Dr. Bill Annable also gets significant credit for his role as Clinical Engagement Officer and clinical ombudsman, through which he has shortened the pathway between perceived problems and their resolutions. Finally, Dr. Marjorie Greenfield, as Career Development Officer, has assisted many physicians with advancement. This has allowed 42 physicians to successfully navigate the academic promotion ladder this year at the Case Western Reserve University School of Medicine.

Many of these initiatives and practices, including transparency, feedback, and making sure that physicians are seated at the tables when decisions are made, have been implemented by the Physician Engagement Core Committee, led by Drs. Bob Salata, Nicole Maronian, Doug Rhee and Marc Popovich.

We are listening to you, and we understand that there are still many issues to address. We strive to do better.

For example: many of us, through no fault of our own, find ourselves at times involved in an adverse medical event, error or serious safety event. We know this can have a profound impact on us and I know, having been through some of these events myself, that it would have been helpful to have peer support. For that reason, under the direction of Drs. Maronian and Rao, we have established a UH peer support system. It’s a volunteer team of 46 seasoned mid-career to senior physicians who are on call to provide confidential support during adverse events.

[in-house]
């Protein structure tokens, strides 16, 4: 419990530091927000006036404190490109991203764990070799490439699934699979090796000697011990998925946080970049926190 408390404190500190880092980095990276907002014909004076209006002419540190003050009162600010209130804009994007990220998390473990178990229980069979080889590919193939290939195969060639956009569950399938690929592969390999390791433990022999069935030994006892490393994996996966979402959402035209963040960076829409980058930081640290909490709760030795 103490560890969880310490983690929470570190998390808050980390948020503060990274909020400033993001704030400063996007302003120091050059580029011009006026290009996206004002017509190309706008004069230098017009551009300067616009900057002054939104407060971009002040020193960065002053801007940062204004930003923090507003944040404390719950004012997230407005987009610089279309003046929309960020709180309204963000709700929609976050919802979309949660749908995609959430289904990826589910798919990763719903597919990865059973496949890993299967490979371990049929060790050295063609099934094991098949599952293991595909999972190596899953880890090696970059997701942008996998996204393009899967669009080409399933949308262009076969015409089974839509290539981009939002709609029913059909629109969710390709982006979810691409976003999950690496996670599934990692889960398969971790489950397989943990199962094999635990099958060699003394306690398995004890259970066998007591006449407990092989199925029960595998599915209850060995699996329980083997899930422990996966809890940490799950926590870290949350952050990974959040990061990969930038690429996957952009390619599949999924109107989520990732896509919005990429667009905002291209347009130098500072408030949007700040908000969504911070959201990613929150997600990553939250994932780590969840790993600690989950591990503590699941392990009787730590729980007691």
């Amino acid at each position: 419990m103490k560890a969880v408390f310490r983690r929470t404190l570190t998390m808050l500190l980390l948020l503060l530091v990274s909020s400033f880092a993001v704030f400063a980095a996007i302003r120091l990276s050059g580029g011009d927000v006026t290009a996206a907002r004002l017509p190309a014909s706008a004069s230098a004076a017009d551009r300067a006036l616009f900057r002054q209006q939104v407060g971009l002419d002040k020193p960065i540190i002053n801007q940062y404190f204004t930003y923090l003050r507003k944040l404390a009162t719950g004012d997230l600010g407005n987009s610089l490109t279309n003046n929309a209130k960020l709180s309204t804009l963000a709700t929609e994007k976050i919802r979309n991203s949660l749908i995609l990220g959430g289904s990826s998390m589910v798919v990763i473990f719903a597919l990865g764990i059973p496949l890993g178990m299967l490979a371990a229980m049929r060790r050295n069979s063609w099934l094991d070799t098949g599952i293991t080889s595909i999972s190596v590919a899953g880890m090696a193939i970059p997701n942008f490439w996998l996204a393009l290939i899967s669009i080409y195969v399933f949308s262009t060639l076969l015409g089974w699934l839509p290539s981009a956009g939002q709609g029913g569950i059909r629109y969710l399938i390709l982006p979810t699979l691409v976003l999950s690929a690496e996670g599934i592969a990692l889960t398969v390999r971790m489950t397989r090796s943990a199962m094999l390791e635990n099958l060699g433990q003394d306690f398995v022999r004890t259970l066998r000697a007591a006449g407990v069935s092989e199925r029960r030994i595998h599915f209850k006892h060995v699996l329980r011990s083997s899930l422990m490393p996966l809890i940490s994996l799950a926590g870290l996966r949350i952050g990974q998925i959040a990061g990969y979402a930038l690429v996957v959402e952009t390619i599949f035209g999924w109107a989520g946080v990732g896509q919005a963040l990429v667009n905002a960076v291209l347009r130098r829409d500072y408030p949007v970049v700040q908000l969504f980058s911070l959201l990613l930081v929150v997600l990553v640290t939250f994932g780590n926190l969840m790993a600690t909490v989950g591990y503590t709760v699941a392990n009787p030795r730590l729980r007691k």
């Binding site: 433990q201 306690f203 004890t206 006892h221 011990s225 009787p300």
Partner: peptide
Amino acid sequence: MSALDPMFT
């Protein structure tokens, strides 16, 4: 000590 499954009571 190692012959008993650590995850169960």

We know our physicians want to make sure their patients stay within the UH system, which allows us to have the most current information about their health. So we instituted a very successful Point-of-Service scheduling program; our goal is have all our patient information in our medical record system, so that no information is missing.

The great work you are doing is not going unnoticed. The community -- especially the philanthropic community – is keenly aware of this and wants to support and reward physicians who are making a difference in so many lives. Through Sherri Bishop and her team in development, we’ve been fortunate to secure significant philanthropic support to now establish more than 110 endowed clinical chairs, director or master clinician positions. These are held by physicians throughout UH, and I expect there will be many more for 2020.

Finally, as you all are aware, and as was seen again in this year’s survey, the No. 1 concern of our physicians remains the EMR. This is unchanged from the 2015 and 2017 surveys. Beginning this January, we will be conducting an in-depth analysis with a third-party to evaluate the most effective path forward to having an EMR system that will support our future growth. Many of you will be asked to join in this evaluation.

As this year closes, on behalf of the UH administration and the more than 1.3 million patients who entrust UH with their health care, I want to thank you all for your commitment to and investment in University Hospitals and the patients we serve.

Please have a wonderful, safe and joyful holiday season.